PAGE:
This doesn’t mean modular phones won’t find their niche. Purdy suggests that Ara phones may find popularity in vertical markets like hospitals or government institutions, where a higher up-front cost could prove a financially viable option as compared to having to replace entire devices when older ones become obsolete.
“You can see a device like that might be very beneficial in specific markets, as opposed to throwing an entire product out,” he says.
The Pocket Doctor
Yet another area many see as ripe for development involves health and fitness applications. Because most smartphones now come standard with accelerometers and gyroscopes, it’s likely we will see more inroads made toward the development of bands and sensors that work together with existing hardware and apps to monitor the health of the wearer.
Purdy says it’s feasible such apps could monitor things like EKG performance during exercise, even going so far as to send notifications to a wearer’s doctor if abnormalities are found — something he imagines could be both helpful and hindering.
“Health is obviously very important,” Purdy says. “But I think there’s also a very big potential danger of invasion of privacy, too.”
The growing availability and increasing affordability of more rugged smartphones will also play heavily into the marriage of technology and physical activity, delivering more mainstream mobile devices that can withstand exposure to moisture, sweat, and outdoor environments.
“I don’t think we’re going to see popularity to the extent of military rugged,” Purdy says, “but when it becomes inexpensive to include it, it becomes more of a standard feature.”
The Unified OS Scenario
In keeping with this prediction for vast improvements in software that will imbue existing hardware with greater everyday functionality, there’s also the likelihood that operating systems themselves may continue evolving into a more unified experience across a diversity of devices — both mobile and desktop-based.
“The big question down the line is: are mobile operating systems going to continue to be the dominant environment for smartphone users? Are we going to continue to exist with parallel operating environments? For example, [Mac] OS is very different from iOS. Unifying the operating systems could lead to a scenario where a mobile device could be attached to a monitor, keyboard and mouse seamlessly.”
While Microsoft, Ubuntu and others have been making big strides toward making this a reality, Apple has stated definitively it has no interest in doing the same. Whether that’s a case of the latter attempting to distance itself from the former’s activities remains to be seen, but there’s little doubt the majority of users would see this kind of unification as a great benefit to usability.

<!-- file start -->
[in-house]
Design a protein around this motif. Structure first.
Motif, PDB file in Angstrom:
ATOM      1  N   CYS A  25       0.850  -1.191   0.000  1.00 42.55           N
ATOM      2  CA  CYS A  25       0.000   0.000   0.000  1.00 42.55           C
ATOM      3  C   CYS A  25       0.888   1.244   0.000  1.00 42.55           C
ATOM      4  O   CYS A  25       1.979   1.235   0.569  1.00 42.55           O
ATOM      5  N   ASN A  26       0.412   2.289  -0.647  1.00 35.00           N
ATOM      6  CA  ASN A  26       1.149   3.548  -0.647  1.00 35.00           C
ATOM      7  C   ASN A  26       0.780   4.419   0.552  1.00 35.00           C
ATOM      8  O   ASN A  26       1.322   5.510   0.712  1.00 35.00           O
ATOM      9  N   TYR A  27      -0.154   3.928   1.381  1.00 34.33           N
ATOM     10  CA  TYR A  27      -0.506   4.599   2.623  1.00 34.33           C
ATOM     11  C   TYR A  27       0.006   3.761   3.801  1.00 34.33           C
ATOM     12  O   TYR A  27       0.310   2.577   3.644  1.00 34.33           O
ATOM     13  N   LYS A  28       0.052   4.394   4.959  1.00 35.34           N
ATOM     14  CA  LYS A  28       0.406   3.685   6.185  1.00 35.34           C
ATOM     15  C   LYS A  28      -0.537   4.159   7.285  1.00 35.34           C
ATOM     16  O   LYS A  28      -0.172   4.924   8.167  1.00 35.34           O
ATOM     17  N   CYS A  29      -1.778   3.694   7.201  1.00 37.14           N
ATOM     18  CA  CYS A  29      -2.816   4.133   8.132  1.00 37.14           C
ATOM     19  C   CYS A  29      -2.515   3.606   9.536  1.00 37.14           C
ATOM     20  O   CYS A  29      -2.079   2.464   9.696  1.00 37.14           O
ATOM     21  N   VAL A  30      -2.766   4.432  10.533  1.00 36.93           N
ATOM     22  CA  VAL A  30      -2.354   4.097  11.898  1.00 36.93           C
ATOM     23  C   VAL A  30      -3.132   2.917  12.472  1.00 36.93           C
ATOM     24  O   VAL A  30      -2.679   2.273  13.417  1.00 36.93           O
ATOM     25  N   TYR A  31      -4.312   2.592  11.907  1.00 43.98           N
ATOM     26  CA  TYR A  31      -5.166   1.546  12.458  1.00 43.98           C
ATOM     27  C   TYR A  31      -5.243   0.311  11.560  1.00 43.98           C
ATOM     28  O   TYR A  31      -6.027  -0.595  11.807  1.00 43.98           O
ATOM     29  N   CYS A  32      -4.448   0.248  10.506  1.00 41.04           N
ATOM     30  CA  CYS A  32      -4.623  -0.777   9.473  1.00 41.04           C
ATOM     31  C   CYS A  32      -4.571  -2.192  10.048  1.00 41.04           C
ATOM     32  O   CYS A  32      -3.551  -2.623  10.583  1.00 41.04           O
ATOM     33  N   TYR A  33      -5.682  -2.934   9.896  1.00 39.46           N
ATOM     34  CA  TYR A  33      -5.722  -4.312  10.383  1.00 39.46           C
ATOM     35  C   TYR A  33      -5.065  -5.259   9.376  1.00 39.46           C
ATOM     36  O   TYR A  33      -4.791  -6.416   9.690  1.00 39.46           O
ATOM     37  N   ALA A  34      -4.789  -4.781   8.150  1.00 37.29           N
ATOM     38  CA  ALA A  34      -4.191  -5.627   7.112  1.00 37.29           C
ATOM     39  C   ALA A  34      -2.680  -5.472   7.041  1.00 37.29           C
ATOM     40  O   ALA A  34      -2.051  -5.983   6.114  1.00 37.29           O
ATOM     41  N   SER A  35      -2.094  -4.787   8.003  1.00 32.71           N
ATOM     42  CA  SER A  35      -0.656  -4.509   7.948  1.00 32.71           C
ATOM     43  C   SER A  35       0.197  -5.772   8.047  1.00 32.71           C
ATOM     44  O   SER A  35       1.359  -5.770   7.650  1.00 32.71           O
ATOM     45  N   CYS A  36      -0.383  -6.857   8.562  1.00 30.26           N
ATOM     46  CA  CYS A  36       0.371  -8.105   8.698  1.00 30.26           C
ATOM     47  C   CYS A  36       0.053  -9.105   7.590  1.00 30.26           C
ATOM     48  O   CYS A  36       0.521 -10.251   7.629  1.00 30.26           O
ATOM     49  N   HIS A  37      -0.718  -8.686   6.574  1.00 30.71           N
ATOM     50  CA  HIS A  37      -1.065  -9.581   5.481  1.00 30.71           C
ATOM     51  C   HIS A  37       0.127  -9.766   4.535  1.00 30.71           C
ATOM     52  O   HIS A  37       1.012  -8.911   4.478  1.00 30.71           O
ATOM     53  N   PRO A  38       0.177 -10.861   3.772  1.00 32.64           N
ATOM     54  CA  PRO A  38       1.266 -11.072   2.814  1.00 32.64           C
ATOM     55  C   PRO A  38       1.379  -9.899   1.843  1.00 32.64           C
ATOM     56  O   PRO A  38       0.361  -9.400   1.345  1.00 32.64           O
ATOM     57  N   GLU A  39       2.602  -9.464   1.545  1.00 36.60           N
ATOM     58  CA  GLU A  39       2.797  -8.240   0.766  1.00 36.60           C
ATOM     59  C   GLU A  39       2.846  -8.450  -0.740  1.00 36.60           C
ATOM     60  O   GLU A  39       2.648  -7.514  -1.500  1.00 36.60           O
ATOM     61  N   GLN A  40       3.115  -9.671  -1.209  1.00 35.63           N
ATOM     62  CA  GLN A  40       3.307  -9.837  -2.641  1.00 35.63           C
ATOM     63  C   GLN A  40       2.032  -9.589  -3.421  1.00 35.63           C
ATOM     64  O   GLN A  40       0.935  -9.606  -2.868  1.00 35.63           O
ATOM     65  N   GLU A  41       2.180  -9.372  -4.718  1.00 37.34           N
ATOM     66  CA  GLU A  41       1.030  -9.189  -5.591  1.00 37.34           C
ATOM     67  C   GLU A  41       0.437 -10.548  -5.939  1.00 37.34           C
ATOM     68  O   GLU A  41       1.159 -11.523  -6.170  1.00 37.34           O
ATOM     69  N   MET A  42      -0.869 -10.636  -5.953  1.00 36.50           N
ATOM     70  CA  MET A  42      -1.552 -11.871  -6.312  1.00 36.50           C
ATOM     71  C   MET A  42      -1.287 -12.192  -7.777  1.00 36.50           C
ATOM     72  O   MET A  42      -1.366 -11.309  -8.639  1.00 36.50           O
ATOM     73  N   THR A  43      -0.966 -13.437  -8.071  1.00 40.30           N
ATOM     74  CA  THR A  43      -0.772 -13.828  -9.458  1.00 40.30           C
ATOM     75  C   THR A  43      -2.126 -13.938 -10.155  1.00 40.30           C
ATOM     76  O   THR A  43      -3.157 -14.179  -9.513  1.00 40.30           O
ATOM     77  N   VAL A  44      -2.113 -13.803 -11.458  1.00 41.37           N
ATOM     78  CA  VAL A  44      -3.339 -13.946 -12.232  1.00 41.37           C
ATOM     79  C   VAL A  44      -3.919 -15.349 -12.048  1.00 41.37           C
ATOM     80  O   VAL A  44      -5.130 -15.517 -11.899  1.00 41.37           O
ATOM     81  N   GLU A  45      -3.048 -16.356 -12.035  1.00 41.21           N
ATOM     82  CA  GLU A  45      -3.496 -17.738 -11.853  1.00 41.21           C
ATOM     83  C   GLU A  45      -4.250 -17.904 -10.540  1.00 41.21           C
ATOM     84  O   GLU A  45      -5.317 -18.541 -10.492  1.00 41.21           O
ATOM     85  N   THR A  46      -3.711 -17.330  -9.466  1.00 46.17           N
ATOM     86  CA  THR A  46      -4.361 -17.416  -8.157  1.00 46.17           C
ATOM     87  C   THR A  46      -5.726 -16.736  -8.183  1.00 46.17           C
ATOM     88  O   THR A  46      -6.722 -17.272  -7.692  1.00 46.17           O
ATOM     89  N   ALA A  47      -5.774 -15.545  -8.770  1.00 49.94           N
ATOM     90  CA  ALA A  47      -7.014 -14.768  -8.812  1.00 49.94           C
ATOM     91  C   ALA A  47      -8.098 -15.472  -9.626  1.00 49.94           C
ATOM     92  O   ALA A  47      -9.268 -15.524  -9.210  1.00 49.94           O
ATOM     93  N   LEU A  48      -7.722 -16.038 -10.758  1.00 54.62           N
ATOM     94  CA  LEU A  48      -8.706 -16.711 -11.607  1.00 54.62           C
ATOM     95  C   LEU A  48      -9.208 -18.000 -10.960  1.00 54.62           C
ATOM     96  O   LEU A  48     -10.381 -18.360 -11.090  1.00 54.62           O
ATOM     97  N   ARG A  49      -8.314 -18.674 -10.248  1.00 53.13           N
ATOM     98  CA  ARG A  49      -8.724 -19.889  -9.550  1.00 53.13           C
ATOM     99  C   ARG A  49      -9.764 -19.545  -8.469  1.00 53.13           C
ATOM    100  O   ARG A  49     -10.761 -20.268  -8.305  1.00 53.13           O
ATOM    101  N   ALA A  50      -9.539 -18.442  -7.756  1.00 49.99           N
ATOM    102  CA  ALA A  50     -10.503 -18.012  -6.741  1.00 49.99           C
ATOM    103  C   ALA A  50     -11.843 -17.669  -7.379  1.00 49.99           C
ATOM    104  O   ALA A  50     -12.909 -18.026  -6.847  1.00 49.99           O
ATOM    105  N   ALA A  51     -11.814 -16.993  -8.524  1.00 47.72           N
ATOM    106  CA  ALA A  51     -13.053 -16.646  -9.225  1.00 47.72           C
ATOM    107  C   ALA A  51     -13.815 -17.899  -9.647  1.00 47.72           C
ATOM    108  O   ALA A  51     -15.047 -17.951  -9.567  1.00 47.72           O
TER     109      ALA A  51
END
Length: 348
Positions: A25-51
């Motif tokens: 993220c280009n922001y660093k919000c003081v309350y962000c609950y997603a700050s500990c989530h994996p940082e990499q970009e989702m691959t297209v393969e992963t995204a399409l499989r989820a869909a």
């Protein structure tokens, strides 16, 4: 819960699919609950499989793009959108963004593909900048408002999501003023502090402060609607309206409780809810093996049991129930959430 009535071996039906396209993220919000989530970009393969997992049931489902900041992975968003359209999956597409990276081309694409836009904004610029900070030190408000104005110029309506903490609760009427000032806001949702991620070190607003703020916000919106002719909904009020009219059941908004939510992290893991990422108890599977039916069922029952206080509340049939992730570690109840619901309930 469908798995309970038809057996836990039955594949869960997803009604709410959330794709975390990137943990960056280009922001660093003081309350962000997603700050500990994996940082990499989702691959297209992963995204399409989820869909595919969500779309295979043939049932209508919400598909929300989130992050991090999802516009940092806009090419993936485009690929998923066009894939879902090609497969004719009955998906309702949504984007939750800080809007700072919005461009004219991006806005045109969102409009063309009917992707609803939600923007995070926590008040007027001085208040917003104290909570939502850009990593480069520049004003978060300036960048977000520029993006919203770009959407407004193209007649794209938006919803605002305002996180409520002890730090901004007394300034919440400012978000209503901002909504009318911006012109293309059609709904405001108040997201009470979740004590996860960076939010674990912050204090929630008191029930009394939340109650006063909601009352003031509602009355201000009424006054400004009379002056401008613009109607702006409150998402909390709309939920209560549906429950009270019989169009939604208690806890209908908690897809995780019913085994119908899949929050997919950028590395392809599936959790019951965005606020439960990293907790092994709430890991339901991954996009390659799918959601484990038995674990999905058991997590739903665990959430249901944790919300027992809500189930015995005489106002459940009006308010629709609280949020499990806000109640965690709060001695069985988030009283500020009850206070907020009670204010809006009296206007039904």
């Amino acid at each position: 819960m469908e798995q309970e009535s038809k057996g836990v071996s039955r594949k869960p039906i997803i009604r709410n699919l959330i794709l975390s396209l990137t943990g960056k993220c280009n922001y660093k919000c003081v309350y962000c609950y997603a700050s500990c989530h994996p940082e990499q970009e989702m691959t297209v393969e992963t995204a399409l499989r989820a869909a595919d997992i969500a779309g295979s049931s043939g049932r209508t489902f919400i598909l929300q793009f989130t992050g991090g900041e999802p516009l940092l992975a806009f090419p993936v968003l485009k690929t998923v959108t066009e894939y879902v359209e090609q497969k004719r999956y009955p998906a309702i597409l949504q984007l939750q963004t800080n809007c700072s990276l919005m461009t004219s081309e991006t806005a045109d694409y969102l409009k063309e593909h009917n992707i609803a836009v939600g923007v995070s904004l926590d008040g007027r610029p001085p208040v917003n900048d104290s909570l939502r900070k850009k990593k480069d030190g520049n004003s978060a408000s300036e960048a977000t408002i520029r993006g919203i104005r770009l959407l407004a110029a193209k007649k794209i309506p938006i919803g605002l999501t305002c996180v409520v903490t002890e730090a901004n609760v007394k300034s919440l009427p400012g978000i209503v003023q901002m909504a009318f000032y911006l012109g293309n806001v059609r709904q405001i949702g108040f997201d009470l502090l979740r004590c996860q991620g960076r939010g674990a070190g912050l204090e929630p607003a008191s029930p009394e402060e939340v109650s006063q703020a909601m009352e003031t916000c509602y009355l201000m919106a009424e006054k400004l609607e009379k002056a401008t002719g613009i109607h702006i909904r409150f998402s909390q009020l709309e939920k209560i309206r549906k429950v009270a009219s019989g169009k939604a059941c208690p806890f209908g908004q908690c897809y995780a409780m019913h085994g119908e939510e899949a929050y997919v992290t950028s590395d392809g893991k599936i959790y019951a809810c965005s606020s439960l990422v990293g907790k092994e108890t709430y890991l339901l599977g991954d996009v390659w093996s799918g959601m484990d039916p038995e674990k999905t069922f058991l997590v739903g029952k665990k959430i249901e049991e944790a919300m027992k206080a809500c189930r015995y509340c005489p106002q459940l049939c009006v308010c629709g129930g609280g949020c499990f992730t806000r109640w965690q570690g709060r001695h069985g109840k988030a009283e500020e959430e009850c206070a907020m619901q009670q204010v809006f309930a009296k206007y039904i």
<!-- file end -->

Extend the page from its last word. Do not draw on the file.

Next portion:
The Convergence of High and Low End
Despite any arms race smartphone manufacturers may wage in their attempts to bring market the latest and greatest gadget to market, there’s little doubt that low-functioning flip phones will become relics of a not-too-distant past.
“We’ll eventually get to the point where smartphones are commoditized, in the sense that almost everyone will have one and they’ll all be able to do pretty cool things,” Purdy says. He notes that continued technological development will lead to a convergence between high end and low end devices.
“If you look at the automobile industry,” Purdy says, “you’ll see a lot of interesting technologies that were very unique four or five years ago when only Mercedes or BMW offered them. But now you see a feature like automatic parking available in the Ford Focus. Who’d have thought a low end car would have a high end technology feature like that?”
Where the Onus Lies
None of these potential areas of excavation should suggest that smartphone manufacturers won?t still try to best one another by producing devices with superior specs; the pixel counts will likely get higher, and the cameras will likely get stronger. But as hardware innovations slow down, a shift that focuses on taking what’s there and building it out to transform phones from neat little gadgets into powerful, transformative tools could be afoot. The onus is now on developers to snatch up the opportunity and run with it.